Navigant Research Blog

New Opportunities for Microgrids in 2012

— January 3, 2012

The global market for microgrids, and other forms of aggregation and optimization for distributed energy resources, made some major leaps forward during 2011. While not the commercial opportunity being hyped by some organizations such as the Galvin Electricity Initiative, this smart grid network platform is coming of age, especially in the U.S., due to two major developments.

The first was the adoption of standards for safe islanding by the Institute of Electrical Energy Engineers (IEEE) in July 2011, which should accelerate the shift from pilot validation projects to fully commercial microgrid ventures. Since 2009, a handful of large projects have come on line, especially in California – as platforms for aggregation of distributed renewable resources – and in New York, with combined heat and power (CHP) units as anchor technologies.

Second, a series of Federal Energy Regulatory Commission (FERC) orders – 719, 745, and 1000 – takes steps toward harmonizing innovation occurring independently at the wholesale and retail market levels. Demand response (DR) is seen as a stop-gap resource whose role will expand in markets characterized by volatility, high demand peaks, and lack of new transmission level generation capacity. Microgrids are now being viewed as the ultimately reliable DR resource, since islanding securely takes load off of the utility grid.

The recently updated Pike Research Microgrid Deployment Tracker 4Q 2011 identified over 100 more microgrids than previously highlighted, representing more than 300 megawatts of planned or operating additional capacity, primarily in the remote microgrid segment.

Pike Research’s new report, Remote Microgrids, highlights the fact that this remote sector represents the largest potential investment and revenue, a market currently valued at $3 billion and projected to grow to over $10 billion in the average scenario forecast by 2017. These figures reflect the fact that remote microgrids require the build-out of new renewable distributed energy generation facilities, whereas many of the grid-tied microgrids previously profiled by Pike Research only derive revenues from networking and optimization of existing generation assets.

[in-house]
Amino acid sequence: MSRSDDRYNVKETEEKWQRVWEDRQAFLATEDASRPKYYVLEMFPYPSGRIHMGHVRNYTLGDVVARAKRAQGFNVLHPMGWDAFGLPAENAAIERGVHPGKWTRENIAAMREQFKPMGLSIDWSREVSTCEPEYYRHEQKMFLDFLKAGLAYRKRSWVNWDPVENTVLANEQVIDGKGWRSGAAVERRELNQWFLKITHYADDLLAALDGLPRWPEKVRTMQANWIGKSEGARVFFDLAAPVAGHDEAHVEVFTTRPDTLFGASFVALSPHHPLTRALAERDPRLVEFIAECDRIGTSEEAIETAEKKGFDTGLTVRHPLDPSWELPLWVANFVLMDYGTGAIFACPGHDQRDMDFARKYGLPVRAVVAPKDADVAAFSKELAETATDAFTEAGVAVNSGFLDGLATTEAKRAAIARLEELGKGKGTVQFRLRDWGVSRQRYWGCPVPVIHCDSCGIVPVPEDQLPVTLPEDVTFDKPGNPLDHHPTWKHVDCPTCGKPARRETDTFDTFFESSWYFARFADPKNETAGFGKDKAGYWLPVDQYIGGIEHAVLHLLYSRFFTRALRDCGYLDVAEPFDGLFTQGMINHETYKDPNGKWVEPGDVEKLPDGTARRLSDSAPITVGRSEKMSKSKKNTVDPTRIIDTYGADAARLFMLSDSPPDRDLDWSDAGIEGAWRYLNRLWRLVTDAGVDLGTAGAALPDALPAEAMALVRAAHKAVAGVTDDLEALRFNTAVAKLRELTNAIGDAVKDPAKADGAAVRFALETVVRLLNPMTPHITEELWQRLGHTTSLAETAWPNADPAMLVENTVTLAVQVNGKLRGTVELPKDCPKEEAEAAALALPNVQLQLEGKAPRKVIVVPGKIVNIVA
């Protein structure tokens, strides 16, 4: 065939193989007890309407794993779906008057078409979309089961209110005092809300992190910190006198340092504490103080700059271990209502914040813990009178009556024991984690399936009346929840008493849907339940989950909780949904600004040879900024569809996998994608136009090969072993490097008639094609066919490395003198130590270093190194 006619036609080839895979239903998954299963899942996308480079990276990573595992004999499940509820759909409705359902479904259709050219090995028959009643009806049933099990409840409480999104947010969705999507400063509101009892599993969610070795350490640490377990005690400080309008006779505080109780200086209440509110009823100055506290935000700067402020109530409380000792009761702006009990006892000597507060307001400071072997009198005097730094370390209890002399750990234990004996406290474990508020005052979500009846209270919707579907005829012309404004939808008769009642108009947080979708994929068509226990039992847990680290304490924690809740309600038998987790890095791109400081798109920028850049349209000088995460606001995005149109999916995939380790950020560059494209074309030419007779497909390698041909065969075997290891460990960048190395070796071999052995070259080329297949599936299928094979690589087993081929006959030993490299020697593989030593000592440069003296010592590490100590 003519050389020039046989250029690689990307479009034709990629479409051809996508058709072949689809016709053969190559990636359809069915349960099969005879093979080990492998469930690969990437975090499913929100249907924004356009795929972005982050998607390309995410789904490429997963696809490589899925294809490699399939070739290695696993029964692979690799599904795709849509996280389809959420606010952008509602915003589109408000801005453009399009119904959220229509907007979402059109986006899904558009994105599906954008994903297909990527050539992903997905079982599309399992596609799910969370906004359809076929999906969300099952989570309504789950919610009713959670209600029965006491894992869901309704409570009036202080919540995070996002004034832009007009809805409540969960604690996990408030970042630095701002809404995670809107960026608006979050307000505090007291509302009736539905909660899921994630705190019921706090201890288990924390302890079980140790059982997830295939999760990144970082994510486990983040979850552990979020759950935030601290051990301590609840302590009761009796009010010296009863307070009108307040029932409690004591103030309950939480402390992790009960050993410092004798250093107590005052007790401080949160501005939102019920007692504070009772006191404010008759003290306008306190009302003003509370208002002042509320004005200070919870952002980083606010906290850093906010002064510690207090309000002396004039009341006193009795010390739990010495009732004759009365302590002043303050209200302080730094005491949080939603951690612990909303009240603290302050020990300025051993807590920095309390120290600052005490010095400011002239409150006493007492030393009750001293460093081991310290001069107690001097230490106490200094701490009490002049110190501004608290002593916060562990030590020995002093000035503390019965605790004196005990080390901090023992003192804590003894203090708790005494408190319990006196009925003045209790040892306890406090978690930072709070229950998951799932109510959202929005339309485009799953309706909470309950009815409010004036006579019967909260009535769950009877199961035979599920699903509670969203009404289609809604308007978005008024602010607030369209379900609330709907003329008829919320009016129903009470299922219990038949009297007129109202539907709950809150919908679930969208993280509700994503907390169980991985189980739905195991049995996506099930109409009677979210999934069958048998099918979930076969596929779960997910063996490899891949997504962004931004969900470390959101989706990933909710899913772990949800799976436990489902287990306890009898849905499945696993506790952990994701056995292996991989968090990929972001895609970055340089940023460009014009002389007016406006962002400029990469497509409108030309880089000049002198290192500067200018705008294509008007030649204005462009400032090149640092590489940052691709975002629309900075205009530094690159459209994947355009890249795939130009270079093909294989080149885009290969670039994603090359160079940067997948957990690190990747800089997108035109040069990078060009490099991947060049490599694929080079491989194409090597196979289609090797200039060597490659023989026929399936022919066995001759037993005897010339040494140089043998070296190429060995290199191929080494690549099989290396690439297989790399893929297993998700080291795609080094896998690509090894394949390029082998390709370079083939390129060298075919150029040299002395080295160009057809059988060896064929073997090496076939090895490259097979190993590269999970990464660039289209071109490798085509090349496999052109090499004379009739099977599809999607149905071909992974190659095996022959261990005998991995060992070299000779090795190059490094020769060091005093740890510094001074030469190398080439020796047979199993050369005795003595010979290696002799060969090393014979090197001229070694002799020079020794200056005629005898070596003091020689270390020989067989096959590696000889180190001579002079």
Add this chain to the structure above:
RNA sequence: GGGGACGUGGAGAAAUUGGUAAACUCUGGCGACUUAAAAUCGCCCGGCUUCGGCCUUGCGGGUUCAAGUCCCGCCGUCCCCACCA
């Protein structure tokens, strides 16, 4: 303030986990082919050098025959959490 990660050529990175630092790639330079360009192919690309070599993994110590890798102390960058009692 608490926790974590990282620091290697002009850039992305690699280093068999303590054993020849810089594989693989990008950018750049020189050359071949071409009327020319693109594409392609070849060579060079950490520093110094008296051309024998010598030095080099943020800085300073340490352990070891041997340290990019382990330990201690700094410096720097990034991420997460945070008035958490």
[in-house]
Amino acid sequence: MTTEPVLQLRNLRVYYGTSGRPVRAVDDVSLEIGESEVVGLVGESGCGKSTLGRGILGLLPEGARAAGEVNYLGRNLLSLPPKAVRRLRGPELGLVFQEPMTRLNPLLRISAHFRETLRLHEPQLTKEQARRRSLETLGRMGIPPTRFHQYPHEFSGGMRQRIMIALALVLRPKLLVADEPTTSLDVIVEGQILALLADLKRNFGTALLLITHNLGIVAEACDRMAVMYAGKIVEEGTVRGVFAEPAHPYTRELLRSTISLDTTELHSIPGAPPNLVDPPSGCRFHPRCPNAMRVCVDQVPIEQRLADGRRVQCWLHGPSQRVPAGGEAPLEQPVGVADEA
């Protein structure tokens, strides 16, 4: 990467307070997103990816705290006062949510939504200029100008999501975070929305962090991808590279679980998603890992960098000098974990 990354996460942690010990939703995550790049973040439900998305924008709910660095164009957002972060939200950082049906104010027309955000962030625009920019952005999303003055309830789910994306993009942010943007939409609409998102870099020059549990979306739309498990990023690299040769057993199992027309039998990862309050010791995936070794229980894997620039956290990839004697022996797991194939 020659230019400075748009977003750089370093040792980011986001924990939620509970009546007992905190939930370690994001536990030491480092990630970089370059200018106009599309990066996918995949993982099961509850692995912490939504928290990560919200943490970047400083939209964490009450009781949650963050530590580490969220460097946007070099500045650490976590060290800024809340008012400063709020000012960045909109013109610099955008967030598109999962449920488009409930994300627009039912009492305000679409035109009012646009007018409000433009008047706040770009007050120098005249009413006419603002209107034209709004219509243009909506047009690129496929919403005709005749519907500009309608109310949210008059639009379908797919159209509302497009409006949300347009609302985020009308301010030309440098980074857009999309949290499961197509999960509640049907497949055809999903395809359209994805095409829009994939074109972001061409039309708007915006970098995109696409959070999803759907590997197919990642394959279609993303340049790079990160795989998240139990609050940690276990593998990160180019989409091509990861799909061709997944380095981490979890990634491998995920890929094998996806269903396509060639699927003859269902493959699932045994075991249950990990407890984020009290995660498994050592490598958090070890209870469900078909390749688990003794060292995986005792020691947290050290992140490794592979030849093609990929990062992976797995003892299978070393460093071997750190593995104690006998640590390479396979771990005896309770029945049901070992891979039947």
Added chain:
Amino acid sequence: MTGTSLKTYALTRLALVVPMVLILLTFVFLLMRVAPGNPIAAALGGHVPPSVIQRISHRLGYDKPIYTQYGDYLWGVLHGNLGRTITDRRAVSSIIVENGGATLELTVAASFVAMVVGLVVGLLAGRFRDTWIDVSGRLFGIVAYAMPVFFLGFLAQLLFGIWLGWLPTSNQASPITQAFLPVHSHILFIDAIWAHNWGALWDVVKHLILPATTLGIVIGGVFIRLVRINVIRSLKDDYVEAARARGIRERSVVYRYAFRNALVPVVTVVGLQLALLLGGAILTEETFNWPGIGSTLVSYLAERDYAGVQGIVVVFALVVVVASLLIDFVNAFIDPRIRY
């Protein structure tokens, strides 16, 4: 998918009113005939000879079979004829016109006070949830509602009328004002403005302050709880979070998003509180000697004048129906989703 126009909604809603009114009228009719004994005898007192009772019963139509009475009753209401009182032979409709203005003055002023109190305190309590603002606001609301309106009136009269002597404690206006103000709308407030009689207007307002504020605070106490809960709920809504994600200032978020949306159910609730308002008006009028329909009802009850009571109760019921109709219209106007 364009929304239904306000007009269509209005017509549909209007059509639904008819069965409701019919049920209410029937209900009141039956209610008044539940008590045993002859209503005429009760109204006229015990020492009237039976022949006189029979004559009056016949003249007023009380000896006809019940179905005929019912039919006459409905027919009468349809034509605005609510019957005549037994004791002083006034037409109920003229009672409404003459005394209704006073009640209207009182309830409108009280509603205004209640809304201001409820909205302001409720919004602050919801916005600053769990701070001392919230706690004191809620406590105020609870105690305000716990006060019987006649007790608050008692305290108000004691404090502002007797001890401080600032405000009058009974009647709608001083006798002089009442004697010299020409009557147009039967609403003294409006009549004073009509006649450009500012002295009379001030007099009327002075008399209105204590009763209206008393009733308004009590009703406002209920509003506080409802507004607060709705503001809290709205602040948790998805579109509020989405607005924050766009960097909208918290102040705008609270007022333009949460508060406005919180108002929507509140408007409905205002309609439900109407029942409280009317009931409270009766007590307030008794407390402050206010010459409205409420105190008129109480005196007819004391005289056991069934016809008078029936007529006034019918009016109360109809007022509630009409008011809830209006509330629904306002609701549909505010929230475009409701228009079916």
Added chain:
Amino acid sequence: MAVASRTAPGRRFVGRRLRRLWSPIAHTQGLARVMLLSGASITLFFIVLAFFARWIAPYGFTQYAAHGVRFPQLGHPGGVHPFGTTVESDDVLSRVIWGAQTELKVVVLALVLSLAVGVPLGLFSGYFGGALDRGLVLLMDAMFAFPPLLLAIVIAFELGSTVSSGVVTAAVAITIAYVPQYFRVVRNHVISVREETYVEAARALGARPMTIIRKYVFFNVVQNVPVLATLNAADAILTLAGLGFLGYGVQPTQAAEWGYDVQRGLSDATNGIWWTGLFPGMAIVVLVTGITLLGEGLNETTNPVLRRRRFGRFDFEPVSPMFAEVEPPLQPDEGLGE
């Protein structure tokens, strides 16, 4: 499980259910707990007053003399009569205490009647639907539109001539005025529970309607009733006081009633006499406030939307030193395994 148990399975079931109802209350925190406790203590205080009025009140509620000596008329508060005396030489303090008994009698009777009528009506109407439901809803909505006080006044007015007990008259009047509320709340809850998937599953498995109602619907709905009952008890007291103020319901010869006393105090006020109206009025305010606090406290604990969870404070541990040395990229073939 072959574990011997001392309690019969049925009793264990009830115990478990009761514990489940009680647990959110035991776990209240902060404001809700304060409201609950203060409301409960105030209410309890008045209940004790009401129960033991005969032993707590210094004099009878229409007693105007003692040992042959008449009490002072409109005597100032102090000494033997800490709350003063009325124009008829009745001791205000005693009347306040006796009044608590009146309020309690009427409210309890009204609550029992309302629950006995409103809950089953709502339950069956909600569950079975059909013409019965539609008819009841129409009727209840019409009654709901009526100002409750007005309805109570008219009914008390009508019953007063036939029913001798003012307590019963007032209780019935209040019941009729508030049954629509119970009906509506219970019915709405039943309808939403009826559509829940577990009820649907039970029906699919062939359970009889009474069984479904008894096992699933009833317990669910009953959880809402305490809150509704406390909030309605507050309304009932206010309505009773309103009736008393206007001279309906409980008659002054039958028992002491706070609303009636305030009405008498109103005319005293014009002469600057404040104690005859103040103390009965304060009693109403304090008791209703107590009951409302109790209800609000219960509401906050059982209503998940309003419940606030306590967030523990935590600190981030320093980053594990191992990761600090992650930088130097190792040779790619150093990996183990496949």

Pike Research has also identified four sub-segments of the remote microgrid market, which is further commercialized than other segments, but heretofore sorely lacking in available data:

  • Village Power Systems: Perhaps the largest number of remote microgrids operating today would fall into this category, though data is extremely scarce due to the small scale of such projects and to the fact that most installations are located in Asia. According to leading purveyors of this remote microgrid sub-segment, the average village power system has a capacity of 10 kW. It typically provides power to a medical clinic, school, and/or community center in the center of the village.
  • Weak Grid Island Systems: To a purist, microgrids that have any linkage to a larger grid would not be considered “remote.” From the Pike Research perspective, these systems belong in the remote microgrid camp since the underlying assumption is to design and operate a power system as if the larger grid is not there. Weak grid island systems could represent an even bigger opportunity than the campus environment and military microgrid sectors that have been featured by Pike Research in previous microgrid segment reports.
  • Industrial Remote Mine Systems: This sub-segment of the remote microgrid market is the least mature, but also boasts the highest growth rates due to a groundswell of interest in shifting to more sustainable energy strategies for sites controlled by large multinationals. Globally, nearly 75% of existing mines are remote operations, though very few deploy renewable energy generation.